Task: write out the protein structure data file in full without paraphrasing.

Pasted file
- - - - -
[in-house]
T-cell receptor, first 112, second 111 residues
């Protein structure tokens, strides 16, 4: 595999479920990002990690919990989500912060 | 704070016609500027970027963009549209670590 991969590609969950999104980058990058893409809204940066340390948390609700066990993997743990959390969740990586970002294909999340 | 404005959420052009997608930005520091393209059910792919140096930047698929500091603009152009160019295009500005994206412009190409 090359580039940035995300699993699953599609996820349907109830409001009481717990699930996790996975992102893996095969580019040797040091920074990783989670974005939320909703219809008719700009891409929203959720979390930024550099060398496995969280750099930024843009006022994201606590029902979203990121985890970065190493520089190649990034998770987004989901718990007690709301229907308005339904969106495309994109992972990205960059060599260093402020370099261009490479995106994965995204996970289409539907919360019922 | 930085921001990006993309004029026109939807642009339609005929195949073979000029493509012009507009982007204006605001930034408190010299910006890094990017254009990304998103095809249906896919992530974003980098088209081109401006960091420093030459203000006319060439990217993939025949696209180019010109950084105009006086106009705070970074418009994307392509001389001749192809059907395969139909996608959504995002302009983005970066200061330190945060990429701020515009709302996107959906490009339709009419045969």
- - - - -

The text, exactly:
[in-house]
T-cell receptor, first 112, second 111 residues
């Protein structure tokens, strides 16, 4: 595999479920990002990690919990989500912060 | 704070016609500027970027963009549209670590 991969590609969950999104980058990058893409809204940066340390948390609700066990993997743990959390969740990586970002294909999340 | 404005959420052009997608930005520091393209059910792919140096930047698929500091603009152009160019295009500005994206412009190409 090359580039940035995300699993699953599609996820349907109830409001009481717990699930996790996975992102893996095969580019040797040091920074990783989670974005939320909703219809008719700009891409929203959720979390930024550099060398496995969280750099930024843009006022994201606590029902979203990121985890970065190493520089190649990034998770987004989901718990007690709301229907308005339904969106495309994109992972990205960059060599260093402020370099261009490479995106994965995204996970289409539907919360019922 | 930085921001990006993309004029026109939807642009339609005929195949073979000029493509012009507009982007204006605001930034408190010299910006890094990017254009990304998103095809249906896919992530974003980098088209081109401006960091420093030459203000006319060439990217993939025949696209180019010109950084105009006086106009705070970074418009994307392509001389001749192809059907395969139909996608959504995002302009983005970066200061330190945060990429701020515009709302996107959906490009339709009419045969």